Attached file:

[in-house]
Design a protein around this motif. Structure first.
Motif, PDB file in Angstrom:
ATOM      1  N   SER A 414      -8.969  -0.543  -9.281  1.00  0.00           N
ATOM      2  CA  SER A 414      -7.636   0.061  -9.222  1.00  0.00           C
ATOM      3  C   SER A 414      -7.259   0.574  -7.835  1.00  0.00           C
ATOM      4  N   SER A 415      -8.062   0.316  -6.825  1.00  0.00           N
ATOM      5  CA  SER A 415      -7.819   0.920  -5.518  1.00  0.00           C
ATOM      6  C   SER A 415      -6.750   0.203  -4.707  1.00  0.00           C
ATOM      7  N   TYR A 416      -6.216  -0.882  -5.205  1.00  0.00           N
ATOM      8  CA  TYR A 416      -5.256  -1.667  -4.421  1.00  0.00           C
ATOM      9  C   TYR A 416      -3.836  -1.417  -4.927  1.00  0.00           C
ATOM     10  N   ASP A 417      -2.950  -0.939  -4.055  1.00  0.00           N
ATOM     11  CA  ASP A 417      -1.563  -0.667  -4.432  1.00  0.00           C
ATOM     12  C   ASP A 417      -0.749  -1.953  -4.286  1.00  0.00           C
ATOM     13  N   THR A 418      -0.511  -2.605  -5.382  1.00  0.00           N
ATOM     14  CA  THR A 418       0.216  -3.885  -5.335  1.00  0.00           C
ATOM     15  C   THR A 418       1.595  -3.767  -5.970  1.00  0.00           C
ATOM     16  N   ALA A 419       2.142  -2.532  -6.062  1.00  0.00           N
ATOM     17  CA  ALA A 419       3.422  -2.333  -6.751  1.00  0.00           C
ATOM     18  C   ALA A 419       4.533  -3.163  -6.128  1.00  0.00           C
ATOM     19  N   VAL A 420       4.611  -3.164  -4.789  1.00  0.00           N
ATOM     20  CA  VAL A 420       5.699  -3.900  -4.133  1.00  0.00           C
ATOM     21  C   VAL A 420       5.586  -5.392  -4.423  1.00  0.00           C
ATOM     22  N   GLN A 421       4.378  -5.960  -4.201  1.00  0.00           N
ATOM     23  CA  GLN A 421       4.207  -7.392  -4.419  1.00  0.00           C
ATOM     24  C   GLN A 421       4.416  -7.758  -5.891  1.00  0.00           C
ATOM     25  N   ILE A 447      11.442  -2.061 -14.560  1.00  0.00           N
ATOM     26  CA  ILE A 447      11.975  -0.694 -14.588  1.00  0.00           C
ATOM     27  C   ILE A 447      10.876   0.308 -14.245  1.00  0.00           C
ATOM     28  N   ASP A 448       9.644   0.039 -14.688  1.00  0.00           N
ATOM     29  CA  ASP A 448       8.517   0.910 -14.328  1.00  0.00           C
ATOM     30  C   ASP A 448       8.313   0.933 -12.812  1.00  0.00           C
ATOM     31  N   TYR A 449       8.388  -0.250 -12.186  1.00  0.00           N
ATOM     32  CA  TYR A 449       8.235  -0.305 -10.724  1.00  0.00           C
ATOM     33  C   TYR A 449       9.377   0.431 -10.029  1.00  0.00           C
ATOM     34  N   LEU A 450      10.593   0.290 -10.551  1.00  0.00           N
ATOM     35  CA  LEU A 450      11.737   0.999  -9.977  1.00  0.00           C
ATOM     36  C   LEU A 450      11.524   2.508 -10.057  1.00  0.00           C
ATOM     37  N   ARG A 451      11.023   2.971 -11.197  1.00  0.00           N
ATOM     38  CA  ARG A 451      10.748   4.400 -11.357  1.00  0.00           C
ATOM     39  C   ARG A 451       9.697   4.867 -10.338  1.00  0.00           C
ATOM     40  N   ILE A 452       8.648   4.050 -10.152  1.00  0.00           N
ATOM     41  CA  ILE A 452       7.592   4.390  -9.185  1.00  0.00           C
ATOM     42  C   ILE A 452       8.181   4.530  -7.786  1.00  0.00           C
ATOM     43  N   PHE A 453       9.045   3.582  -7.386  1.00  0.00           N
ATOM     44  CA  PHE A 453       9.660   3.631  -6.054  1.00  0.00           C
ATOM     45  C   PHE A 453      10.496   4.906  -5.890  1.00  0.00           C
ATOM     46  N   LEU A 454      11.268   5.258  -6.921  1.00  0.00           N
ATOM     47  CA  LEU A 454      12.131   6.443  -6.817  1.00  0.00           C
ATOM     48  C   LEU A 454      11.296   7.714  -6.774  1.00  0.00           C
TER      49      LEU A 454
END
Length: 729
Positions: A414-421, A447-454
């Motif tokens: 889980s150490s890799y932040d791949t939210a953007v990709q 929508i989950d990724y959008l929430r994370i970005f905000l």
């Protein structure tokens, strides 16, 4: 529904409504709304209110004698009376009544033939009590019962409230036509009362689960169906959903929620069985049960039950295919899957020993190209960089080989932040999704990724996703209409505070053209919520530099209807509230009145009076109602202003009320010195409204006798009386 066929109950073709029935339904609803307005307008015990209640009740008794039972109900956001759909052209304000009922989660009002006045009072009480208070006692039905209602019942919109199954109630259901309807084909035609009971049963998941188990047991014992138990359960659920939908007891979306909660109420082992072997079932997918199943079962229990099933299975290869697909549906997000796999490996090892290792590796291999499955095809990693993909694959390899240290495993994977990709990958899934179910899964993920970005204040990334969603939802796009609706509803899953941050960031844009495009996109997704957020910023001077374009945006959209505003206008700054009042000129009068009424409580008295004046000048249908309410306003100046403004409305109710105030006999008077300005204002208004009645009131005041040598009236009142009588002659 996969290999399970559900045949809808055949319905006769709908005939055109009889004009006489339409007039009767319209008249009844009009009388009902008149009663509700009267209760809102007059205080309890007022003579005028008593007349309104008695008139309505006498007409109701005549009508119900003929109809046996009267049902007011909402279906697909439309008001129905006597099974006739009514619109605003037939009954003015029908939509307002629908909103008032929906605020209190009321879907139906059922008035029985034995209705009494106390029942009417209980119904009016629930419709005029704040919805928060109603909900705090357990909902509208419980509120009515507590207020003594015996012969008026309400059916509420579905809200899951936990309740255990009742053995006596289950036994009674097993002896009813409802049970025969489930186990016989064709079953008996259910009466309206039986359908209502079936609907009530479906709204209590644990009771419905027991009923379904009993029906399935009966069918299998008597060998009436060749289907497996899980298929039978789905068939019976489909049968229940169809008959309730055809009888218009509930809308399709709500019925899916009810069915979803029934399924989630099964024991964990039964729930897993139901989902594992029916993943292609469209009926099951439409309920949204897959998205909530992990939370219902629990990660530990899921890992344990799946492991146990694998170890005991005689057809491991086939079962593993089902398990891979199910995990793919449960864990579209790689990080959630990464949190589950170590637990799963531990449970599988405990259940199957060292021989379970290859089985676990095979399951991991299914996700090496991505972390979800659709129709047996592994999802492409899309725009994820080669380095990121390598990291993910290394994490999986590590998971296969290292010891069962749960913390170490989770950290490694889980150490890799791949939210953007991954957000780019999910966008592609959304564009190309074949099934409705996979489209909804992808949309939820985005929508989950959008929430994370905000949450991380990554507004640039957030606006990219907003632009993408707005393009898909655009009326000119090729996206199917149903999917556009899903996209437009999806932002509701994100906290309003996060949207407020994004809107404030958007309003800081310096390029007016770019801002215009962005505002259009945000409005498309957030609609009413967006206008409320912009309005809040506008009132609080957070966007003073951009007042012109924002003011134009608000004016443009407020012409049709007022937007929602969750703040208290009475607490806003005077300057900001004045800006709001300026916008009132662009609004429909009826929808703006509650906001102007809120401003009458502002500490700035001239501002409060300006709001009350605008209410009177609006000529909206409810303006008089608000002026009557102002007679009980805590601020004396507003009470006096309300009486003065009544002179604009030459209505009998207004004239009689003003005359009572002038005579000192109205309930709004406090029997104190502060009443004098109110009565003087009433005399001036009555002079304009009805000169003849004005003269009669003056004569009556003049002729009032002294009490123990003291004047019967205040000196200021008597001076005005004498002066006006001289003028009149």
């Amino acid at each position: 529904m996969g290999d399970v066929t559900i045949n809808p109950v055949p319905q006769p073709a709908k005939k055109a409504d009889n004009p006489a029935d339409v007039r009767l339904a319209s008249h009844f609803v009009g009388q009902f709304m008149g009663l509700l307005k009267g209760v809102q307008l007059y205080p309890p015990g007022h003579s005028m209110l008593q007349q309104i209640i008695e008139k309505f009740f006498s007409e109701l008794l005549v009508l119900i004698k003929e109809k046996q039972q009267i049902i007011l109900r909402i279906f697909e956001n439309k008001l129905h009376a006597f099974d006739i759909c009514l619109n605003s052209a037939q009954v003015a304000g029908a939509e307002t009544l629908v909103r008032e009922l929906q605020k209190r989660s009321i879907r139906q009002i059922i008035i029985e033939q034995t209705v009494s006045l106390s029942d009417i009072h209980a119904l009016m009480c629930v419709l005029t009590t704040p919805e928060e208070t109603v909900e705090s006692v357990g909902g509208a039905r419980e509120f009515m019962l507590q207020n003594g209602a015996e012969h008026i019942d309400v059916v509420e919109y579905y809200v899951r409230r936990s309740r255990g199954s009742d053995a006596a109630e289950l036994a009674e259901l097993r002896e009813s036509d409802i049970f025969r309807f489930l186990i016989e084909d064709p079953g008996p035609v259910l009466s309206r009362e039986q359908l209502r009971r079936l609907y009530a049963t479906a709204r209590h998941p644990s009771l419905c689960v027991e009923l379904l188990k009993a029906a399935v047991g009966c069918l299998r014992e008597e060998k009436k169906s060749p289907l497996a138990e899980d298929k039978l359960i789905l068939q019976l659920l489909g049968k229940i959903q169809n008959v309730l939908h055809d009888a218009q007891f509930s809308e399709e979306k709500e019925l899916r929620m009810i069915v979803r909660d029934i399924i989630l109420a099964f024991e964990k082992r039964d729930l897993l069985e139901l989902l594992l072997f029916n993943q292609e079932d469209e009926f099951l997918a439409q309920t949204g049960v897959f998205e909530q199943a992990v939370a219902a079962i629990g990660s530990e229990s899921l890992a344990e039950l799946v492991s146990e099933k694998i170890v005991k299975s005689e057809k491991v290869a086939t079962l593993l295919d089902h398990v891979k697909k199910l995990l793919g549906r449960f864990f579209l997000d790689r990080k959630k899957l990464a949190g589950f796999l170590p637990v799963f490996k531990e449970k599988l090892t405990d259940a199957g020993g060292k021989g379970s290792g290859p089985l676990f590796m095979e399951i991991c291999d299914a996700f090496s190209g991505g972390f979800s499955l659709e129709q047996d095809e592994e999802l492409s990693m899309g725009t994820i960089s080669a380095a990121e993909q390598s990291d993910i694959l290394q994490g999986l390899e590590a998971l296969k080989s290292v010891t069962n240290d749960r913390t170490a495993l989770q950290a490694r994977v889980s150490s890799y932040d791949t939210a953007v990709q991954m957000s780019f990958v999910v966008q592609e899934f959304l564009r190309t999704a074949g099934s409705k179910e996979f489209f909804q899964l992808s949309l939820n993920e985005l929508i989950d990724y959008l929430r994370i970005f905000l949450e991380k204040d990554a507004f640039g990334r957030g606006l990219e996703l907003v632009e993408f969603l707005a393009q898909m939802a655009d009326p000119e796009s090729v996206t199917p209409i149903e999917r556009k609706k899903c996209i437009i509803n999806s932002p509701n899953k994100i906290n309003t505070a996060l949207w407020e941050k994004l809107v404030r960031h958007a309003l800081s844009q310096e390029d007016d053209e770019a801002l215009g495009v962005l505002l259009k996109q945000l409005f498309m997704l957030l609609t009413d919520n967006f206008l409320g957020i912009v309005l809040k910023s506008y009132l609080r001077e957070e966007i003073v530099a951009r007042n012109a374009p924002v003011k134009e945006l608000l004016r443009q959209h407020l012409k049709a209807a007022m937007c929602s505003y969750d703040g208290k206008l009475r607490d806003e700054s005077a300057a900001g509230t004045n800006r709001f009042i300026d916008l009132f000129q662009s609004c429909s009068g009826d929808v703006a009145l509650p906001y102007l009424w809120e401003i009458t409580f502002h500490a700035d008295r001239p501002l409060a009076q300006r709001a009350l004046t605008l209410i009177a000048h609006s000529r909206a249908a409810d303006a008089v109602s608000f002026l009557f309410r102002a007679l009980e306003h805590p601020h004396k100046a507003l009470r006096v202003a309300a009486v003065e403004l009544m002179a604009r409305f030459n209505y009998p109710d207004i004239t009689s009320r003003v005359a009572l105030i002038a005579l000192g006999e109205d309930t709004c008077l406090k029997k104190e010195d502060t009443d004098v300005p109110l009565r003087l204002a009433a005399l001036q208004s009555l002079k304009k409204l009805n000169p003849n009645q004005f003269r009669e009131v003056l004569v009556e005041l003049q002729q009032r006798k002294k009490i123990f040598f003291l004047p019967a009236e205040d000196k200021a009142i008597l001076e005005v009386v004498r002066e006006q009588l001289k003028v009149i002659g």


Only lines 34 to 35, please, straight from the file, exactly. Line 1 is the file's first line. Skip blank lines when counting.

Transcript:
ATOM     31  N   TYR A 449       8.388  -0.250 -12.186  1.00  0.00           N
ATOM     32  CA  TYR A 449       8.235  -0.305 -10.724  1.00  0.00           C